Peter Brown

BSA’S back­room boy Bri­tish Side­car Cham­pion in 1968 he may have been, but it was bad luck and worse tim­ing that robbed Peter Brown of the greater suc­cess he un­doubt­edly de­served. Pete Craw­ford spoke to the man him­self and dis­cov­ered the ins and outs whil

Classic Racer - - WHAT'S INSIDE -

Tri­als, side­cars, en­gi­neer­ing or sub­marines! Many things with many en­gines make ap­pear­ances amidst the story of one of the most nat­u­ral all-rounders to take up the com­pet­i­tive man­tle. Peter Brown’s story is one that ev­ery mo­tor­cy­cle race fan should know.

“Ac­tu­ally I was ed­u­cated at the same school as Doug Hele, which was Kings Nor­ton Gram­mar and I thought the war was bloody won­der­ful. We all did. We lived on a hillock look­ing down to Bourneville, where Cad­bury was, and one day a twin en­gine bomber, most prob­a­bly a Heinkel 111, came across level with our house drop­ping bombs closely fol­lowed by what I sus­pect was a Hur­ri­cane, which shot it down. “I had a cousin who fought in Hur­ri­cane squadron 501. Squadron Leader Ken­neth Lee. He was my hero and I was go­ing to be a fighter pi­lot you see, but as I grew older I re­alised they were never go­ing to have me, and that was a turn­ing point. It was a case of: ‘I can’t be a fighter pi­lot so just what can I be?’” It was a trip to the 1949 TT, paid for by his mother on the un­der­stand­ing that he passed his school cer­tifi­cate, which changed ev­ery­thing. The likes of Ernie Lyons, Johnny Lock­ett and Fred­die Frith in full flight left a pro­found im­pres­sion. Ca­reers ad­vice was against it but two years in a lo­cal en­gi­neer­ing ap­pren­tice­ship and night school led to work at Copes of Bear­wood, County Cy­cles and PJ Evans work­ing on parts for Bent­leys, among oth­ers. Ul­ti­mately it se­cured a place at Ariel’s. “I worked un­der Len Moss, in the ser­vice depart­ment and served my time with var­i­ous fit­ters, end­ing up with the guy who did the square fours, Sammy Peter. He was metic­u­lous and a stick­ler for dis­ci­pline, which was very good learn­ing for me. I got to work­ing on my own and fill­ing in here and there and I’d started scram­bling and tri­als, as one could pur­chase bits at very rea­son­able prices. Ac­tu­ally the prices were ridicu­lous! “Len had a mate in East Anglia, a big Ariel agent, and I got the job of at least once a year hav­ing this chap’s son’s en­gines, strip­ping them com­pletely, giv­ing them a bit of a tweak. I prob­a­bly had a go at the cylin­der heads and gen­er­ally made a half decent job of build­ing them. Then they used to go into the com­pe­ti­tion shop to be brake tested. “Now, in the com­pe­ti­tion shop the boss was Ernie Smith, who was a fright­en­ing per­son­al­ity, but work­ing for him was a bloke called Clive Ben­nett. All the Ben­nett brothers were mixed up with Ernie Ear­les, but that was how I got to know him ini­tially, at Ariel’s. I never heard any­thing back on those en­gines, but that was the at­ti­tude then, no one ever told you if you’d done a good job.” But he ob­vi­ously had and Clive Ben­nett’s aware­ness was to prove use­ful in the fu­ture. In the short term how­ever a ‘bust­ing’ row with Len Moss saw a de­par­ture from Ariel’s and spells at Birm­ing­ham deal­ers Col­more De­pot and as Mid­land Area Rep­re­sen­ta­tive for Isetta bub­ble cars – an episode that could fill a book in it­self. This first flir­ta­tion with three wheels was cut short by an op­por­tu­nity at BSA, which looked too good to be true, and nearly was.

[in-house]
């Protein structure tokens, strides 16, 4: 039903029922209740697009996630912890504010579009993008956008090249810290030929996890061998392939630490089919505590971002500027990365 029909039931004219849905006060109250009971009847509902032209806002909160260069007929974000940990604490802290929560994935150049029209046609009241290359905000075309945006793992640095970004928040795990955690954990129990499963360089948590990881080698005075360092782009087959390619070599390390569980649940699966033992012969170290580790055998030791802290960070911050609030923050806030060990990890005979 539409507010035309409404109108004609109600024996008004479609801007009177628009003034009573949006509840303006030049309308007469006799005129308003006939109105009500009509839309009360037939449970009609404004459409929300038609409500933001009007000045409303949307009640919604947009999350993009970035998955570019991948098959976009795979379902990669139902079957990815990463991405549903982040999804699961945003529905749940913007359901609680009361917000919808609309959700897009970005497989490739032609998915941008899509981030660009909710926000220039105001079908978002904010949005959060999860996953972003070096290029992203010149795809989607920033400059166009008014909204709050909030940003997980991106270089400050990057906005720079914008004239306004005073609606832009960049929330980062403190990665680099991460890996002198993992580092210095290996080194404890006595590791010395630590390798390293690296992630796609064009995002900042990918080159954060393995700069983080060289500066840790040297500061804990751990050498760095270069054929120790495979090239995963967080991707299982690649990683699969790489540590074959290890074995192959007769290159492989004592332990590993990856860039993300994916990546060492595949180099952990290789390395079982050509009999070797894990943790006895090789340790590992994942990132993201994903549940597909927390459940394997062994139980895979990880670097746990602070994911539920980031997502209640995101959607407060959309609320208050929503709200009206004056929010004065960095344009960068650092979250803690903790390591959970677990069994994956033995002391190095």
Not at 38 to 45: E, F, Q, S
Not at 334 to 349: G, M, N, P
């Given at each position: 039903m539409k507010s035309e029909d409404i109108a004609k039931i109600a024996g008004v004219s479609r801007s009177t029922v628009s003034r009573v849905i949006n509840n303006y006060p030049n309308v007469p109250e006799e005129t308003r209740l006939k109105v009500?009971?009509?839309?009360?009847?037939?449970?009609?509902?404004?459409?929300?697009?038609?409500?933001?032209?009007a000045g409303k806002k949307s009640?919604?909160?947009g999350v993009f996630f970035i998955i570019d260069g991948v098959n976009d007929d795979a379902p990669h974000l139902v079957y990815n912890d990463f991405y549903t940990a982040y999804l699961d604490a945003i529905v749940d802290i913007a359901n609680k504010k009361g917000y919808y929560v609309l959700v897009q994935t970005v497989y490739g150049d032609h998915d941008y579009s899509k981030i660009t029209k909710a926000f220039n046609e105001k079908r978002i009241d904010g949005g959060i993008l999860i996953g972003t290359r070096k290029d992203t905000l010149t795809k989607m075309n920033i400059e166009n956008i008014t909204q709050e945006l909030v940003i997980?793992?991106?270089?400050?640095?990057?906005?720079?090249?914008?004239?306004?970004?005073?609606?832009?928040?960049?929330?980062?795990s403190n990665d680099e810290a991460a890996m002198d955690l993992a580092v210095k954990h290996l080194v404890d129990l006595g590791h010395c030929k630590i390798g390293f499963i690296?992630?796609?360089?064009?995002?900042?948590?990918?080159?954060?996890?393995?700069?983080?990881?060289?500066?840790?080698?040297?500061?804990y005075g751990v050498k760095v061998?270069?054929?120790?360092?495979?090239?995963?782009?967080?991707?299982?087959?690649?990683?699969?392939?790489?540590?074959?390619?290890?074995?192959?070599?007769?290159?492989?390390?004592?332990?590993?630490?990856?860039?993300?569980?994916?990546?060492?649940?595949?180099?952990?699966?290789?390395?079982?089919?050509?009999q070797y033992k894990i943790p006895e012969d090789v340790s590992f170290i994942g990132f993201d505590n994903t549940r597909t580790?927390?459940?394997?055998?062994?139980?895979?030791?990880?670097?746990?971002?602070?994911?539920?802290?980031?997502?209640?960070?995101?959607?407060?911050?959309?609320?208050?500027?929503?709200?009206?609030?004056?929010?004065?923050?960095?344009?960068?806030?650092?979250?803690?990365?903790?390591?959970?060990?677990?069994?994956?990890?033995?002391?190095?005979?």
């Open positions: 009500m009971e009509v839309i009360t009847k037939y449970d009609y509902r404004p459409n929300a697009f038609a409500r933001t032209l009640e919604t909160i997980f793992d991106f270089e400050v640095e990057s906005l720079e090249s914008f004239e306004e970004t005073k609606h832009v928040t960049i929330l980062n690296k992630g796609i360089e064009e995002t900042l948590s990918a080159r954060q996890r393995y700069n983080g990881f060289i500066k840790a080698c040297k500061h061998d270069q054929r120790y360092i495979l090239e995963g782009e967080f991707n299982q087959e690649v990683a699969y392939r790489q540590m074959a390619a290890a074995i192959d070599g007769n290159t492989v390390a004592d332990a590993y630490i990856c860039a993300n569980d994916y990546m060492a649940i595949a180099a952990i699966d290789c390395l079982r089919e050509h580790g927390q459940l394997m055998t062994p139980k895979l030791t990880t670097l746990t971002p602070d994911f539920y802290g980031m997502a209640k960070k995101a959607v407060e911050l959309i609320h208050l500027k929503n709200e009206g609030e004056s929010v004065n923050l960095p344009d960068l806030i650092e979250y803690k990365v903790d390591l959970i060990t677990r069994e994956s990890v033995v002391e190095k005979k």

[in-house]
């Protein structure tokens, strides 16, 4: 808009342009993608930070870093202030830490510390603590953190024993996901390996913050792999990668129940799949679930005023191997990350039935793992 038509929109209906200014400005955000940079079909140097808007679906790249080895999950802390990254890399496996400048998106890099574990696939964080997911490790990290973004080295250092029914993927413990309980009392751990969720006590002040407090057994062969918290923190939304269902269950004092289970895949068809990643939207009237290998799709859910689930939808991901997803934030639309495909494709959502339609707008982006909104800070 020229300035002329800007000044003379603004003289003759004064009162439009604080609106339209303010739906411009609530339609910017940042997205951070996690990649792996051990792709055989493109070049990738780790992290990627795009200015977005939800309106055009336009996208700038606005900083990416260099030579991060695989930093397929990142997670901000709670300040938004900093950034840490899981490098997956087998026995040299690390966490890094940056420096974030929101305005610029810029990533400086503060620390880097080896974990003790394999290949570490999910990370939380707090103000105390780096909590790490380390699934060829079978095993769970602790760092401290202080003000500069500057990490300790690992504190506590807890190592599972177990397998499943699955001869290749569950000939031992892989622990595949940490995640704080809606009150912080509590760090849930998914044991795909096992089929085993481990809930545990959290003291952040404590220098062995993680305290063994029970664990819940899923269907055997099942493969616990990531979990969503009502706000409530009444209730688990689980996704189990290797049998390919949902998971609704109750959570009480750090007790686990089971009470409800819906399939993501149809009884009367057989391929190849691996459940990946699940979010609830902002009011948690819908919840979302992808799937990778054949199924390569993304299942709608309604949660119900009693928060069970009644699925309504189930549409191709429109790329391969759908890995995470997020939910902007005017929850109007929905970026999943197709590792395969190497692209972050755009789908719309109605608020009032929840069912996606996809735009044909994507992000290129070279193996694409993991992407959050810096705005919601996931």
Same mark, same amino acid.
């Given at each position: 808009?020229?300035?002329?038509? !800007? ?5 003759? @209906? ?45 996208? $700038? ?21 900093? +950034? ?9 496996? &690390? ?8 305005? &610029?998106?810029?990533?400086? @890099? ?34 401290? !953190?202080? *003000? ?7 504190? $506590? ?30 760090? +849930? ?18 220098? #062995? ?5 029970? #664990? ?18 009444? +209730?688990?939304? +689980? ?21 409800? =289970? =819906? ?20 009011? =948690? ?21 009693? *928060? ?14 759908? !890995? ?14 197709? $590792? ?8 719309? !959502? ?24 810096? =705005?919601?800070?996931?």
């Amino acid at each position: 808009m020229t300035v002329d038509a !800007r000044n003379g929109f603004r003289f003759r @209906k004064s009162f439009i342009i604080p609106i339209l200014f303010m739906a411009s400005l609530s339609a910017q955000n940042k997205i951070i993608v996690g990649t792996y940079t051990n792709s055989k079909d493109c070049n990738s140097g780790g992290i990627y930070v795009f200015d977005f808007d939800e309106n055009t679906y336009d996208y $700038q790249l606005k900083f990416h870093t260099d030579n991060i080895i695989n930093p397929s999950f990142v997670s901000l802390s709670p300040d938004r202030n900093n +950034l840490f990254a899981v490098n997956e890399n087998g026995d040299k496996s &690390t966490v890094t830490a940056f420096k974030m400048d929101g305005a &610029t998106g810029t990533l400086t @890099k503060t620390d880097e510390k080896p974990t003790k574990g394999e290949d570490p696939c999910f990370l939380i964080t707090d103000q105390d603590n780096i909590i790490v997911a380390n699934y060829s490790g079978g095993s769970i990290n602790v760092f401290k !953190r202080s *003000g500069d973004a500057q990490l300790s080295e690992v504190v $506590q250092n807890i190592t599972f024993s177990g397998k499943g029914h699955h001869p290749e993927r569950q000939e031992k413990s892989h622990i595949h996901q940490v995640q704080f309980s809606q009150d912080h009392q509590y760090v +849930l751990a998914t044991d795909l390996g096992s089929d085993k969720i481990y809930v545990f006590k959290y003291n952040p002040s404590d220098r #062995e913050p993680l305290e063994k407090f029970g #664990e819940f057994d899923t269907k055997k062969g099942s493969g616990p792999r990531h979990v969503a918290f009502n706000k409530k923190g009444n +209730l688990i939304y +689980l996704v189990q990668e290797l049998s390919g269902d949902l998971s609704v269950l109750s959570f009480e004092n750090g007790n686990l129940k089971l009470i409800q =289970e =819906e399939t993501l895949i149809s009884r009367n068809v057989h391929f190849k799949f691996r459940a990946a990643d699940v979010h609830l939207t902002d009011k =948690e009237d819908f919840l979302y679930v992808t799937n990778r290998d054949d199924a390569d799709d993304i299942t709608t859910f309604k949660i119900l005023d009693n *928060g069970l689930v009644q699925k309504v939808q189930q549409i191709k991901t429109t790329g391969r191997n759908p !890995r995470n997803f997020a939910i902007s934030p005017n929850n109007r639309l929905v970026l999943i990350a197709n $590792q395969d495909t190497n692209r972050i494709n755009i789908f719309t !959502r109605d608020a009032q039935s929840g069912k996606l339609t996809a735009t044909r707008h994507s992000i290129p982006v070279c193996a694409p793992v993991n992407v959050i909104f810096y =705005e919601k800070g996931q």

Cas­cades, Oul­ton Park, 1966. Peter leads Nor­man Hanks. Note the ex­tended screen and com­mit­ted eyes from the white BSA boys!

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